ColumbiaMagazine.com
Printed from:

Welcome to Columbia Magazine  
 
































 
Rep. Comer 1st KY House farm bill negotiator in decades

Congressman James Comer selected for influential farm bill conference committee. He will be the first Kentucky Representative to sit on a Farm Bill conference committee in nearly three decades, when Representatives Carroll Hubbard and Larry J. Hopkins served as negotiators for the 1990 Farm Bill.
Click on headline for complete story.

By Michael Lee Gossum
News from First District KY U.S. Representative James Comer's office

WASHINGTON, DC - (Wed 18 Jul 2018) Congressman James Comer (KY-01) has been selected to serve on the conference committee tasked with negotiating a final version of the Farm Bill. While the House of Representatives and the Senate both passed a Farm Bill in late June, there are several key differences between the two versions that must be resolved before a final Farm Bill can be signed into law, providing Kentucky farmers the long-term certainty and security they need.



Through his position on the conference committee, Congressman Comer will play an important role in shaping America's agriculture and nutrition policy. He will be the first Kentucky Representative to sit on a Farm Bill conference committee in nearly three decades, when Representatives Carroll Hubbard and Larry J. Hopkins served as negotiators for the 1990 Farm Bill.

"The Farm Bill will be the most impactful legislation signed into law this year," Comer said. "I'm proud of my role representing Kentucky agriculture and enthusiastic to get to work ironing out a final Farm Bill with my colleagues that will give our farmers confidence the federal government has their back."

During his first years in Washington, Congressman Comer has been a strong voice for Kentucky's agriculture community, advancing discussions to legalize industrial hemp, advocating for food stamp reforms that incentivize work, and now lending his expertise to shape the next five years of American farm policy in this conference committee.

"Today, we move one step closer to delivering a strong, new farm bill to the president's desk on time as he has called on Congress to do. America's farmers and rural America are struggling right now and they deserve the certainty of a strong farm bill to see them through to better times. The House has pulled together a solid team of conferees - including Rep. Comer. I'm looking forward to working with Jamie, who has been a strong voice for agriculture through this process, and the rest of our House and Senate colleagues to reach a final product that helps millions of low-income Americans climb the economic ladder, while standing by our nation's hard-working farm families," said House Agriculture Committee Chairman Mike Conaway (TX-11).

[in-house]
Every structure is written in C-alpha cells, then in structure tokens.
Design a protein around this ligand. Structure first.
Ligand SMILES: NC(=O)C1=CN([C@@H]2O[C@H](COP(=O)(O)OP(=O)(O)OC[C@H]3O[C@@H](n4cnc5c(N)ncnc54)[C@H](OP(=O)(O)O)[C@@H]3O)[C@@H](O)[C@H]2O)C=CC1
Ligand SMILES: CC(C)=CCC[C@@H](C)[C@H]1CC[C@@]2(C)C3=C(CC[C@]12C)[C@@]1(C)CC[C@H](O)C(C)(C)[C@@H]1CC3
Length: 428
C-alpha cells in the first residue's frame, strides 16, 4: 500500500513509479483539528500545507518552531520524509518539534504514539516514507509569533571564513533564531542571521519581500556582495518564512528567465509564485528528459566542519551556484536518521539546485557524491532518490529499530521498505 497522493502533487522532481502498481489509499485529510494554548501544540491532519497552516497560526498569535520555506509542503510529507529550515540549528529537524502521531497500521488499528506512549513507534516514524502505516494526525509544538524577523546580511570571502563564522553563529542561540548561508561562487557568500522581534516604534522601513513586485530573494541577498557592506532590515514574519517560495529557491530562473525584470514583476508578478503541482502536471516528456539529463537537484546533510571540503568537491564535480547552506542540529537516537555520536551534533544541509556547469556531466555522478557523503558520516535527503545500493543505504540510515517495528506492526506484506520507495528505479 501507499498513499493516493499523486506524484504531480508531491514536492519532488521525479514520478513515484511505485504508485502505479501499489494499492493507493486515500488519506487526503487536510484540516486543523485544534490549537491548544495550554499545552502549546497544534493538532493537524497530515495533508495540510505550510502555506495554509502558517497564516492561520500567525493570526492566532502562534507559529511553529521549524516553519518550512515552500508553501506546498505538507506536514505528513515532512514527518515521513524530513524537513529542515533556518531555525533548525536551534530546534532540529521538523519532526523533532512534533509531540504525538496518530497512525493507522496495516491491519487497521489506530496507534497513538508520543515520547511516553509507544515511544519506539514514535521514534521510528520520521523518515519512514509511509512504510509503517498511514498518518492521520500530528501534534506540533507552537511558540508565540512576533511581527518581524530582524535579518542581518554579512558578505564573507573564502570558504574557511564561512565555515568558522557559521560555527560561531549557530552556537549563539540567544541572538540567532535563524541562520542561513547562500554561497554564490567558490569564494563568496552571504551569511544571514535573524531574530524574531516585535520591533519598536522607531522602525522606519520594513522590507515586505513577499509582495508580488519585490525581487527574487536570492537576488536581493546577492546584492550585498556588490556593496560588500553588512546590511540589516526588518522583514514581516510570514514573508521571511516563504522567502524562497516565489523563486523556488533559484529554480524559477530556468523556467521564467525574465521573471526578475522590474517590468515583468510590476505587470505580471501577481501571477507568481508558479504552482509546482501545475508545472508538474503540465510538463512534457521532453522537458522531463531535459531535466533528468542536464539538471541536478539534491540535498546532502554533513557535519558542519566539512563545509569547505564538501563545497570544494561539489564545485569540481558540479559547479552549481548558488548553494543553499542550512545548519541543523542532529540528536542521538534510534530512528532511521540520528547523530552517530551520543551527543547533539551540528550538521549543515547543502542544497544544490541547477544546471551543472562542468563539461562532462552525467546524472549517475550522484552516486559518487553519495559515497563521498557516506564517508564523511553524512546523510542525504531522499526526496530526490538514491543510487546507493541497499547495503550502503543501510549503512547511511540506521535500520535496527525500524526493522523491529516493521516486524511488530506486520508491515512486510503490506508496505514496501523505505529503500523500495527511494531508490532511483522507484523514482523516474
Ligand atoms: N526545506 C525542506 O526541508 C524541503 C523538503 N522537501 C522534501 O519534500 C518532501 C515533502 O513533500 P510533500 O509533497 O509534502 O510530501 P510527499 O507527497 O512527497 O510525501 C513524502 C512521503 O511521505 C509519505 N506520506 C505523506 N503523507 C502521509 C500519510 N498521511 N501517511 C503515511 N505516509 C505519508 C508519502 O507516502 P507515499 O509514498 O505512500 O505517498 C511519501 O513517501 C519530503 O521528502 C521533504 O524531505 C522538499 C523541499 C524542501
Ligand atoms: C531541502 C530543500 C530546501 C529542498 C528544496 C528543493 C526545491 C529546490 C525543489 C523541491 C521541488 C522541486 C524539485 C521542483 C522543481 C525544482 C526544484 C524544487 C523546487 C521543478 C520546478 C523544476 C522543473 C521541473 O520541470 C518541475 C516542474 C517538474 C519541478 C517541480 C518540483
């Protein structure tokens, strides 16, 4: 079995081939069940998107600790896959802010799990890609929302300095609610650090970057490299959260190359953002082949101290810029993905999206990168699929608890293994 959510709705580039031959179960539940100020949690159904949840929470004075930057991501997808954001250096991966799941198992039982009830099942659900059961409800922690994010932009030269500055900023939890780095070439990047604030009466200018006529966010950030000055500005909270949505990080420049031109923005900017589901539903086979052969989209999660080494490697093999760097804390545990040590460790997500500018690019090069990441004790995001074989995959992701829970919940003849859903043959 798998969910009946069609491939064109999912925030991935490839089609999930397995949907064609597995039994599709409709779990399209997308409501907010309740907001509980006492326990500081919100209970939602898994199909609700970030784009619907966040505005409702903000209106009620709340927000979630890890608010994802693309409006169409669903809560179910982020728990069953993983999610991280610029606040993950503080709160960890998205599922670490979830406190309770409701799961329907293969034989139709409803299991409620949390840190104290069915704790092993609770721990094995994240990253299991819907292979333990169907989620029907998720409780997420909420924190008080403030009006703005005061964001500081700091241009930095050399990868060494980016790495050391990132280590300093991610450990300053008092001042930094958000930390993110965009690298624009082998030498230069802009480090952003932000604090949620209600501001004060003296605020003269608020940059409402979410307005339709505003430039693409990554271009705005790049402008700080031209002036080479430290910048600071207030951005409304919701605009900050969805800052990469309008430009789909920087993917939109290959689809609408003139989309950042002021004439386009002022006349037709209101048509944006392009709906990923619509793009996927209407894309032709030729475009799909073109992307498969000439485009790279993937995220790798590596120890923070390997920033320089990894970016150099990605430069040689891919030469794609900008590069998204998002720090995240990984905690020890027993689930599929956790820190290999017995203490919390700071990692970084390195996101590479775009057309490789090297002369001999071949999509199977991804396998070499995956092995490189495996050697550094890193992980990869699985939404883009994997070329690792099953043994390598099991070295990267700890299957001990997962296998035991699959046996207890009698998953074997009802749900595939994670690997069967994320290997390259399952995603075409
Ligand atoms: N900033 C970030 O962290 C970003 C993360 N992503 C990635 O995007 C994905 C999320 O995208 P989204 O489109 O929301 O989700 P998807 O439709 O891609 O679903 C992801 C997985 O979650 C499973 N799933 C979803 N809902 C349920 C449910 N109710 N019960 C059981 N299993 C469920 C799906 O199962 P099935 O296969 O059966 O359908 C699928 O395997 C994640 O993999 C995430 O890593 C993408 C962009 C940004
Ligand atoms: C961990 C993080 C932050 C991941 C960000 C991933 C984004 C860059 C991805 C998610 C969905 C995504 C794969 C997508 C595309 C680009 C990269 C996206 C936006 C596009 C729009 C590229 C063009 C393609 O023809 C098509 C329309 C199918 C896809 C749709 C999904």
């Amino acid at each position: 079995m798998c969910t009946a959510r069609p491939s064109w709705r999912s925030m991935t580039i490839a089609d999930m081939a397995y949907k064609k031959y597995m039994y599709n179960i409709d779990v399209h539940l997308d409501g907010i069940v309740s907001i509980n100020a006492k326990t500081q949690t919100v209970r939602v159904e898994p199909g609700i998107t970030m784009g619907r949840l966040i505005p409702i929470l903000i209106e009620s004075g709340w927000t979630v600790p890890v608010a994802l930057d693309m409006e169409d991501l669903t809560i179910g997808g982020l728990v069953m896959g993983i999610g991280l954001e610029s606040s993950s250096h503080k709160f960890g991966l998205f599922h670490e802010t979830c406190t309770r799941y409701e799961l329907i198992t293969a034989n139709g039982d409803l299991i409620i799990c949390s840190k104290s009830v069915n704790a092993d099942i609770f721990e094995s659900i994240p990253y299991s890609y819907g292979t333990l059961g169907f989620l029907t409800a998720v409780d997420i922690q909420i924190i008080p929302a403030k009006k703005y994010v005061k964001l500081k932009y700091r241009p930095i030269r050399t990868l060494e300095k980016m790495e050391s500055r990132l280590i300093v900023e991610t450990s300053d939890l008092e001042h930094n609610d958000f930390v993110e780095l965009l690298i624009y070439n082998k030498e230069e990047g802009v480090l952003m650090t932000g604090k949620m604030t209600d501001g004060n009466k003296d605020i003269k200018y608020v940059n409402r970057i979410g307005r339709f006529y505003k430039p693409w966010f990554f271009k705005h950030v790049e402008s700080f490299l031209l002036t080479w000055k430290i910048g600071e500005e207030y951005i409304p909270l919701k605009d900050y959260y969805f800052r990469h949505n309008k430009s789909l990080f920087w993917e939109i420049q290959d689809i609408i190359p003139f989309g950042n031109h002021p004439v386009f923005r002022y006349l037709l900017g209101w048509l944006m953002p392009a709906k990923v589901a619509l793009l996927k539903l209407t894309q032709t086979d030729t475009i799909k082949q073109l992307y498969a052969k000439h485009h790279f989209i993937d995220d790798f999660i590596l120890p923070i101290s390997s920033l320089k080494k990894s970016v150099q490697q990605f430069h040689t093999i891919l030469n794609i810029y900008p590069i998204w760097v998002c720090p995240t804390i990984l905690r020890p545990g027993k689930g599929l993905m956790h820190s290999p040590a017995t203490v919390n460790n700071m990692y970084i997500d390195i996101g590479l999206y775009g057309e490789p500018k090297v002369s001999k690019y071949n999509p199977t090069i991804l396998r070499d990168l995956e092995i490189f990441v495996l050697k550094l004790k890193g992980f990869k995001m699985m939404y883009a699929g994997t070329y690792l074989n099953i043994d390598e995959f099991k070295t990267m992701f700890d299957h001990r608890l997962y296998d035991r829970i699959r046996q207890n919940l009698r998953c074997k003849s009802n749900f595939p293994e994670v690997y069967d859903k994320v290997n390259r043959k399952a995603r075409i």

"Speaker Ryan couldn't have made a better choice to serve on the Farm Bill conference committee than Congressman Comer. He is a lifelong farmer who understands just how important the Farm Bill is for rural America. We are grateful to have Congressman Comer representing all Kentucky farm families on the conference committee and appreciate his leadership on this crucial piece of federal legislation," said Richard Heath, Chair of the Kentucky House Agriculture Committee and Mayfield resident.



This story was posted on 2018-07-19 05:02:59
Printable: this page is now automatically formatted for printing.
Have comments or corrections for this story? Use our contact form and let us know.



 






























 
 
Quick Links to Popular Features


Looking for a story or picture?
Try our Photo Archive or our Stories Archive for all the information that's appeared on ColumbiaMagazine.com.

 

Contact us: Columbia Magazine and columbiamagazine.com are published by D'Zine, Ltd., PO Box 906, Columbia, KY 42728.
Phone: 270.403.0017


Please use our contact page, or send questions about technical issues with this site to webmaster@columbiamagazine.com. All logos and trademarks used on this site are property of their respective owners. All comments remain the property and responsibility of their posters, all articles and photos remain the property of their creators, and all the rest is copyright 1995-Present by Columbia! Magazine and D'Zine, Ltd. Privacy policy: use of this site requires no sharing of information. Voluntarily shared information may be published and made available to the public on this site and/or stored electronically. Anonymous submissions will be subject to additional verification. Cookies are not required to use our site. However, if you have cookies enabled in your web browser, some of our advertisers may use cookies for interest-based advertising across multiple domains. For more information about third-party advertising, visit the NAI web privacy site.